A thick cloud of cigarette smoke filled the cab of the old man’s Jeep as its front tires dipped into a mountain stream, then relentlessly charged to the opposite bank. “A typhoon just cleared out that cliff, we search here.” One, two three, four, five, five of the rocks in one minute, he was fast. Can he really make a living selling these rocks? Do we have to spend all day with this crusty smelly fussy oldster just to repay him for the free food and place to sleep? Minutes seemed like hours, there were was nothing there. The old man waddled above the rocks bending up and down and up and down picking up a pebble after pebble.
After what seemed like eternity, my lips pursed into a smile as my hand lifted the first dragon bone stone that day, one of many to come. A rusty golden nugget sat in the center of each the black rock, like peanut butter at the center of chocolate candy.
Suddenly the old man had a halo above his head, his face was more youthful, his eyes wise and full of meaning. He knew something, a golden gem, not one of matter, one of how to live life. He and all the aboriginals here were enjoying life to the fullest; they were happier than any people on earth despite their obvious lack of everything that was supposed to bring happiness. They had nothing, but at the same time they had everything. They had mountains, rivers, tropical plants, food, houses, family, and friends. They were not conquering nature, they let nature conquer them. They worshipped nature, respected nature; they were nature: living harmoniously among the rivers and hills and boars and monkeys and deer and crawdads and mosquitos and trees and dust. They didn’t have technology, fancy houses, fast cars, fancy clothes; they had what God created for them: the earth, nature and all its beauty. That was enough to satisfy them. A scene flashed across my mind, a white man with longing blue eyes sitting in a chair in the old man’s kitchen, staring at the mountains for a lifetime.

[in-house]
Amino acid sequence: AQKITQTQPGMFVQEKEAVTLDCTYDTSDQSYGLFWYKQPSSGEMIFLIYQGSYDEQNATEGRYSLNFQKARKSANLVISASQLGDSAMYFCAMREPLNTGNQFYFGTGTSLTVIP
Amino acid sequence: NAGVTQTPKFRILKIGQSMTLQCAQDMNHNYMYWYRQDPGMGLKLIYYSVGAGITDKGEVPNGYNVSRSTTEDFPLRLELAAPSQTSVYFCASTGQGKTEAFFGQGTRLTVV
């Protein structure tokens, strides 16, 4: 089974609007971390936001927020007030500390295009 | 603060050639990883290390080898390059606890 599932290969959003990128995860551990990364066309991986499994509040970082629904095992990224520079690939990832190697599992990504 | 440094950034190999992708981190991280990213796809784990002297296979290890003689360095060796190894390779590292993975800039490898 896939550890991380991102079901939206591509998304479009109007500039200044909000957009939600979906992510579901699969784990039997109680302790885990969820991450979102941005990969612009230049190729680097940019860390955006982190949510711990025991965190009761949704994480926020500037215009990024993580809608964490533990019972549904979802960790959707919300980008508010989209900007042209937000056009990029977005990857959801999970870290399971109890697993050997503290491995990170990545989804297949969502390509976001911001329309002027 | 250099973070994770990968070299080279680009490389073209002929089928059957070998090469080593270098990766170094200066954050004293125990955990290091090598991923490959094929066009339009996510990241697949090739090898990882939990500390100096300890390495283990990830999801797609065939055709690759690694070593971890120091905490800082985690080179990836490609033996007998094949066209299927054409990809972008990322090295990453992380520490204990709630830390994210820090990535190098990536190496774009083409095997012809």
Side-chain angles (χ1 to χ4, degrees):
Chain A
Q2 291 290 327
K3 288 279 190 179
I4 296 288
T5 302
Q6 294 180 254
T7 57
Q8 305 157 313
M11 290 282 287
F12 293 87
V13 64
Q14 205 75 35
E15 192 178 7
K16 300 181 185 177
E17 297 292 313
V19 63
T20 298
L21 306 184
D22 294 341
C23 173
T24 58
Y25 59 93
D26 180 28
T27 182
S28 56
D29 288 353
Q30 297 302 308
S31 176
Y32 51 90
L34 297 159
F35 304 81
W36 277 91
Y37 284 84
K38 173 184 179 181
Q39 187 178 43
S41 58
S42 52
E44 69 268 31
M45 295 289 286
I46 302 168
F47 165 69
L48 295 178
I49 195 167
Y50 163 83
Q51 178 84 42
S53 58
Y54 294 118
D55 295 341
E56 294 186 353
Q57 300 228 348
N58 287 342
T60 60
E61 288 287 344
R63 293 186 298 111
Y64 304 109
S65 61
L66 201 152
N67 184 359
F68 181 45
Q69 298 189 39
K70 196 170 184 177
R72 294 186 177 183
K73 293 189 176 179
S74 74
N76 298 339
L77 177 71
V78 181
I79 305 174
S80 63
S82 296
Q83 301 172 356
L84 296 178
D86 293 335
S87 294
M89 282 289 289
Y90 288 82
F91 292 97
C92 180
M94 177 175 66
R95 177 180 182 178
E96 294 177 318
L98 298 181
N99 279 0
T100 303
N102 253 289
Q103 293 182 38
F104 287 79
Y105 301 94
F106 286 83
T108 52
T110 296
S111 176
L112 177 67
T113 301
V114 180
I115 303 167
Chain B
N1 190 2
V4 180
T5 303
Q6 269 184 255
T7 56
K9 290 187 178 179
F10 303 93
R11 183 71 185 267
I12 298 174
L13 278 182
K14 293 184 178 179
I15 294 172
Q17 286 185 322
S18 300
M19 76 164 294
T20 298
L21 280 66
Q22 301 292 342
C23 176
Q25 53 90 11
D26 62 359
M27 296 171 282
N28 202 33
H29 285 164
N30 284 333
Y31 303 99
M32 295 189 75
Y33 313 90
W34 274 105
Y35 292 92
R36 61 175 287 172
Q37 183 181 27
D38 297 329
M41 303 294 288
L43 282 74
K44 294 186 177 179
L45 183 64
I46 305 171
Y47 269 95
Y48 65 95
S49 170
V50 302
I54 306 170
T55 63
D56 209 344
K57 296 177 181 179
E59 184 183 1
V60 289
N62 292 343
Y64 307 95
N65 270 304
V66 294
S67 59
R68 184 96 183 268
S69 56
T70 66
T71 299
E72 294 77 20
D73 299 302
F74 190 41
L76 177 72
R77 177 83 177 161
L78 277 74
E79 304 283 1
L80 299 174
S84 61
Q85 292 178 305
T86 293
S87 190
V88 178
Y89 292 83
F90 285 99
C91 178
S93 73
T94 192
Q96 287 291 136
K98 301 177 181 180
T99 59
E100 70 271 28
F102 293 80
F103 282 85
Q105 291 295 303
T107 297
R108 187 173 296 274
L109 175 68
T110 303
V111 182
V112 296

Flying through the air, down, up, let go. Cold water stings, envelopes, diaphragm bursts with uncontrollable laughter in a mountain waterfall pool. Pressure in the shoulders, weight from the mighty river current massages. Jump, break the water surface, feet hit the mud below, jump up, break the surface, breathe, aboriginal boys laughing.
Fists clenched tight to the wire bridge, heart racing, wide eyed, finger snaps a photo a mile above the valley floor.
Headlamp, two glittering eyes in the cold water, net behind, hand in front, scare him in, shrimp king for dinner.
Hot steam pampers the nostrils and green slime caresses the skin.
Aim, whish, bullseye, aim, whish, bullseye, aim, whish, bullseye, aim, whish, bullseye, aim, wish, bullseye.
Hot feet, hot feet, a lost flip-flop, the only choice is to dive into the river.
Young aboriginal kid finds precious mud next to a stream, chocolate on the skin, soft and soothing, warm and gentle, flying in the clouds, weightless.
My thoughts return to the present. I stand up in a beam of sunlight; I can see trees and mountains through the window, my eyes absorb the beautiful spring colors. The door to the busy bossy sassy stressy messy man made world creaks open. Fingers are softly cradling the dragon bone necklace, I stroll boldly ahead, and my heart is free, wandering in Maolin.
We are US Expats that have extensive experience living and working in Taiwan. In our day, we had to learn many things about Taiwan the hard way. But we have come to learn that Taiwan is one of the best places in the world for Foreigners to live. Our blog does not represent the opinions of every foreigner in Taiwan. We are just trying to help others learn more about this beautiful country.